I am paying $7,800 a year in insurance policies, and could almost be considered insurance poor. But when you consider the 10 year cost of $78,000 vs the 2 million payout for a tragedy I think the risk is worth it for my family.

So while we probably do not need the policies, I think I will hang onto those as long as I really can. Because of the policy sizes, it certainly would give my kids some independence if me or my wife kick the bucket in the next 10 years.
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Old 01-05-2011, 01:57 PM   #24
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Originally Posted by CuppaJoe View Post
I thought I was an optimist, too, R-I-T . When that does go into effect (or when MediCare kicks in), I'll probably continue to allocate the same huge percentage of my budget (plus inflation) to various medical/health expenses. .

I was very fortunate that my employer paid for an individual plan which was portable allowing me to retire well before 65 without having to figure out what to do when COBRA runs out.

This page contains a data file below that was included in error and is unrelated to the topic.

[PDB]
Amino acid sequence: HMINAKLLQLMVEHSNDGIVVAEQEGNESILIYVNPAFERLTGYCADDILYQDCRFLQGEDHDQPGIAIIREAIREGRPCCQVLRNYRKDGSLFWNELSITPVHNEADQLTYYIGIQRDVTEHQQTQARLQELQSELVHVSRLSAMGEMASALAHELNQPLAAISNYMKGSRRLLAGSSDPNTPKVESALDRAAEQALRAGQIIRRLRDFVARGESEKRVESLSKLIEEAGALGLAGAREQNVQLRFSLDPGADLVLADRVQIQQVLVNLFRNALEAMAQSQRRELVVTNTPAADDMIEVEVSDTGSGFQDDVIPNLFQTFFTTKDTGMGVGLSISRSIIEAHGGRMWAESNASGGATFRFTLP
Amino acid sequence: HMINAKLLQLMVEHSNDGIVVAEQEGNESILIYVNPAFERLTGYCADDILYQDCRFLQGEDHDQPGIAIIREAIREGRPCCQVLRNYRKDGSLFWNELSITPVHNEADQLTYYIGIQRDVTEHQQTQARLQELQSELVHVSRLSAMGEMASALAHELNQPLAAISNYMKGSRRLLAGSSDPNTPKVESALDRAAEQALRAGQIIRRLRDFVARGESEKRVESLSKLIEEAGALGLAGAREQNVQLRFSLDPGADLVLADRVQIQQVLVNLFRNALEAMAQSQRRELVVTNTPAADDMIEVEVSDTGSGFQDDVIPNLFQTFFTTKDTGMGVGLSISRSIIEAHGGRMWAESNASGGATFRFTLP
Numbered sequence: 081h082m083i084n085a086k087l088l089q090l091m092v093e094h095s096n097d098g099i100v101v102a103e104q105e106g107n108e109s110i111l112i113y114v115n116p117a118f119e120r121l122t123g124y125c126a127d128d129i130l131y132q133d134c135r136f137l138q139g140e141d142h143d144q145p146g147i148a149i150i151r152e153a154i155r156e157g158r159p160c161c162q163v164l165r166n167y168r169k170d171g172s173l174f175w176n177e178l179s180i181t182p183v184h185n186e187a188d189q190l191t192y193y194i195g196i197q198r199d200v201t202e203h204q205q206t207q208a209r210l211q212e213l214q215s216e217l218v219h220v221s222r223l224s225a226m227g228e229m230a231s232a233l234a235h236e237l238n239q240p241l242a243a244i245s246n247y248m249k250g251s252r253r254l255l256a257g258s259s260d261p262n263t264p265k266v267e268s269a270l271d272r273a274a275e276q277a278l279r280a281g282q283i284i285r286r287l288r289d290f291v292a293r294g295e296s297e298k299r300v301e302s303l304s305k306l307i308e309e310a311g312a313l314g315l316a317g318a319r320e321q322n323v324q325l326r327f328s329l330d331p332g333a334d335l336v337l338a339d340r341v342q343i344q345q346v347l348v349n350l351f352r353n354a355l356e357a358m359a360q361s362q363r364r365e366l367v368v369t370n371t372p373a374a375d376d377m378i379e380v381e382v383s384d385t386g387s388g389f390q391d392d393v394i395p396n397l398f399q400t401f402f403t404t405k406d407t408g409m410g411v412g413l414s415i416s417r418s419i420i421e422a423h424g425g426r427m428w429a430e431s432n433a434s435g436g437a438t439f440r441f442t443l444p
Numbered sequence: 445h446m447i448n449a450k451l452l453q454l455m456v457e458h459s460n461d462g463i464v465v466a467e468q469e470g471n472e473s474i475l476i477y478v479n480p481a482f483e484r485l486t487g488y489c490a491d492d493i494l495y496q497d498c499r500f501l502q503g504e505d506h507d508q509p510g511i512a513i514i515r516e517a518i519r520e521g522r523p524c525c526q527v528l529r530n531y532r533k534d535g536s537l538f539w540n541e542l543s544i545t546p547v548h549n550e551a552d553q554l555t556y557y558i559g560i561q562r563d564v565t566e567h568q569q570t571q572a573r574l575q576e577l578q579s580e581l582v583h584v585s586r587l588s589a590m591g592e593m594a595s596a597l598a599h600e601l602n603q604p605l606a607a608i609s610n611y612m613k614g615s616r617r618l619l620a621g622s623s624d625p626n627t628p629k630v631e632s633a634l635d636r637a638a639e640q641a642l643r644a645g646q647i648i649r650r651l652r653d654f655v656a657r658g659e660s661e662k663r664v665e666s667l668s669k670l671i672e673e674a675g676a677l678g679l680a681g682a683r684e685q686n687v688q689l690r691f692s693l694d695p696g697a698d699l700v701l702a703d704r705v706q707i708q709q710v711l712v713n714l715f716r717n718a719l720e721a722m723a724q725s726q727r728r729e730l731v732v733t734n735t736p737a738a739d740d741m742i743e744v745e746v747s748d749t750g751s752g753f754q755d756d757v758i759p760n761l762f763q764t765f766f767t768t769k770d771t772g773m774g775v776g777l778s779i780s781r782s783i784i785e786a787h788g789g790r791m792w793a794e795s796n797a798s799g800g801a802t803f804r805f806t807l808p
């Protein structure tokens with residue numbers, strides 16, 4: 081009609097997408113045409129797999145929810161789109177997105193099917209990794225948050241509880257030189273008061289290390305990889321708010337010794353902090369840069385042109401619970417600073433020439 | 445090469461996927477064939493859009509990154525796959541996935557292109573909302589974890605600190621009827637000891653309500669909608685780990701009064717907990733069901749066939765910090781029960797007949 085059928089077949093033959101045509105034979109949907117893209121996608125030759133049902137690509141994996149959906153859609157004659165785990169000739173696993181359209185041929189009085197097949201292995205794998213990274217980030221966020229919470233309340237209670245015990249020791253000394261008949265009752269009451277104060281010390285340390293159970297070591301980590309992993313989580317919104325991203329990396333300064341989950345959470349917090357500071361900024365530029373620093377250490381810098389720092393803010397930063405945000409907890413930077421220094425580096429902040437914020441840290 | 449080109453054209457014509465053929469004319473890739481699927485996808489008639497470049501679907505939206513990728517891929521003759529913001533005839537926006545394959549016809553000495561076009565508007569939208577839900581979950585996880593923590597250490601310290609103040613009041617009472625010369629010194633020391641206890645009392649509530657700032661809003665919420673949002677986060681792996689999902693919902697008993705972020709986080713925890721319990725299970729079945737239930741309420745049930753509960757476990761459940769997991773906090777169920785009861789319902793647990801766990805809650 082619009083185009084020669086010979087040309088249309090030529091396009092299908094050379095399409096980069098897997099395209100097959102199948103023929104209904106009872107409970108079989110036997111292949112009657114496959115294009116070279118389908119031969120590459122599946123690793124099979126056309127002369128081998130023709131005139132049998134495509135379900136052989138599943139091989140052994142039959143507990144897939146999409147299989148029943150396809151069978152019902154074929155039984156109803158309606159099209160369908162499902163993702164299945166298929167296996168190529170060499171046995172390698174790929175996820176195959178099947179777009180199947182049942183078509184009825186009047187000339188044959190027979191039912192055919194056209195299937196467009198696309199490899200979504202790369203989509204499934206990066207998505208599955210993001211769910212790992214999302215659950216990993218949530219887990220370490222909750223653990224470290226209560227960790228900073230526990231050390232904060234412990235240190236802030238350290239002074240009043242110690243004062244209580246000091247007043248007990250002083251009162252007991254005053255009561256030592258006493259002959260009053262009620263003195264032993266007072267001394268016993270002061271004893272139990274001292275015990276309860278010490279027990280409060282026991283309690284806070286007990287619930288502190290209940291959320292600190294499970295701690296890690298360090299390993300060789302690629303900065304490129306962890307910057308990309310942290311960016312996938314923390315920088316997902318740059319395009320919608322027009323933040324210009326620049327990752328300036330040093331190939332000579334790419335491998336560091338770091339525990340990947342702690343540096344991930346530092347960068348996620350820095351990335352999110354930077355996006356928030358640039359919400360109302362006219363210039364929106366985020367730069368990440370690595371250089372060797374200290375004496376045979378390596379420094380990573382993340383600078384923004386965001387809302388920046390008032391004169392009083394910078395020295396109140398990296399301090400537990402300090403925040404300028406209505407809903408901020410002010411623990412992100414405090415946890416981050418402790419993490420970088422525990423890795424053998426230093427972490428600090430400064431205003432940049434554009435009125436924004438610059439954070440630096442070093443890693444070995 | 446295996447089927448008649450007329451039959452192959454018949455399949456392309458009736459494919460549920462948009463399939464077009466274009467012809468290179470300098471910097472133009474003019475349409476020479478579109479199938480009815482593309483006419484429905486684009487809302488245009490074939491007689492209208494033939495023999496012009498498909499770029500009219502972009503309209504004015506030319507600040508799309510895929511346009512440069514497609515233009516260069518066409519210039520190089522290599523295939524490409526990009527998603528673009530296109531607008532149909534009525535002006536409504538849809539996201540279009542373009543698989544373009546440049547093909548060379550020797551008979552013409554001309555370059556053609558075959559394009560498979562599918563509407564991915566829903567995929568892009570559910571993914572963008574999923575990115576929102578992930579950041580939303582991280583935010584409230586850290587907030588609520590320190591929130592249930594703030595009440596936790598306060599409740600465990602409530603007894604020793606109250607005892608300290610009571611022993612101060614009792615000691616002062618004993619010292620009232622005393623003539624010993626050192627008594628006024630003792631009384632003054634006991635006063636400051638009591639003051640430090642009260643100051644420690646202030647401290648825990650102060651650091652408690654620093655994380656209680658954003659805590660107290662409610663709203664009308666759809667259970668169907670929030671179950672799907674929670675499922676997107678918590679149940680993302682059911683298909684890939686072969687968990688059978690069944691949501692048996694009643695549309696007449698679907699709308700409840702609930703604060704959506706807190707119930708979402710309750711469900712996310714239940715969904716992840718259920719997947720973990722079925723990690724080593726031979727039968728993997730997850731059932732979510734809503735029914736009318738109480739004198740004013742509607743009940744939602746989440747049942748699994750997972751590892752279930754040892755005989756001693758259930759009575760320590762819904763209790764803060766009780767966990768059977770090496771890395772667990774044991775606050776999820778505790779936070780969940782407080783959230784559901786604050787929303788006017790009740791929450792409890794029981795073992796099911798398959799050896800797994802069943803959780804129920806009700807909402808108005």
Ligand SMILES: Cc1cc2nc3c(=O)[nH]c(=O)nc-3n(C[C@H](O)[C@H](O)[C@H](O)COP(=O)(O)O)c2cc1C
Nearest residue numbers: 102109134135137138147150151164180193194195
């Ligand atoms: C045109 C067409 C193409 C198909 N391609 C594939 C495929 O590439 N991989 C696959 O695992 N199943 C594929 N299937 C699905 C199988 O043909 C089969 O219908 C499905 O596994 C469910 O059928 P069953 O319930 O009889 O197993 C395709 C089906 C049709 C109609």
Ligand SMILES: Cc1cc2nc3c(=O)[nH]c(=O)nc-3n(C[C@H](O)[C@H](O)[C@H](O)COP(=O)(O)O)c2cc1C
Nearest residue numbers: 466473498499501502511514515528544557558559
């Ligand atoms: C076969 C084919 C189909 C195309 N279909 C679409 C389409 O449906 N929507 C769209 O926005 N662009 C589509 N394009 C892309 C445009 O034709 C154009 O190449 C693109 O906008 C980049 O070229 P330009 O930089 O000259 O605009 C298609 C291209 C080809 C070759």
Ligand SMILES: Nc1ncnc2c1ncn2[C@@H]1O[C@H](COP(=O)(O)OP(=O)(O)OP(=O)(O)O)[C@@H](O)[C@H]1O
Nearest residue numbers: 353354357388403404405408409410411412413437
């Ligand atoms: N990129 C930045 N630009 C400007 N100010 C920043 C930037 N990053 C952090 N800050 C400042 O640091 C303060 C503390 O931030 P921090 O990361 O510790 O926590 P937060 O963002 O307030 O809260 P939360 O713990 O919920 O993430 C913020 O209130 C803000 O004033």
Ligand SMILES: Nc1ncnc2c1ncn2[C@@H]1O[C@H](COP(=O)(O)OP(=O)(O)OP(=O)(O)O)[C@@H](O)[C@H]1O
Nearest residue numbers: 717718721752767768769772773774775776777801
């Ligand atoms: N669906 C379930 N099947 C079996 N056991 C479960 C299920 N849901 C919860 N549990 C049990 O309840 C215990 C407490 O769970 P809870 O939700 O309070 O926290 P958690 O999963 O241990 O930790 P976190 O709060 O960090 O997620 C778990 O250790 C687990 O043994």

Yep, I think it is wise not to count on it in planning at this point. OP is young enough that if it happens, it will do so while he is can really benefit. Too late for most of us seniors, most likely.

Sweet deal you got there on the individual policy.
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As if you didn't know..If the above message contains medical content, it's NOT intended as advice, and may not be accurate, applicable or sufficient. Don't rely on it for any purpose. Consult your own doctor for all medical advice.
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Old 01-05-2011, 02:08 PM   #25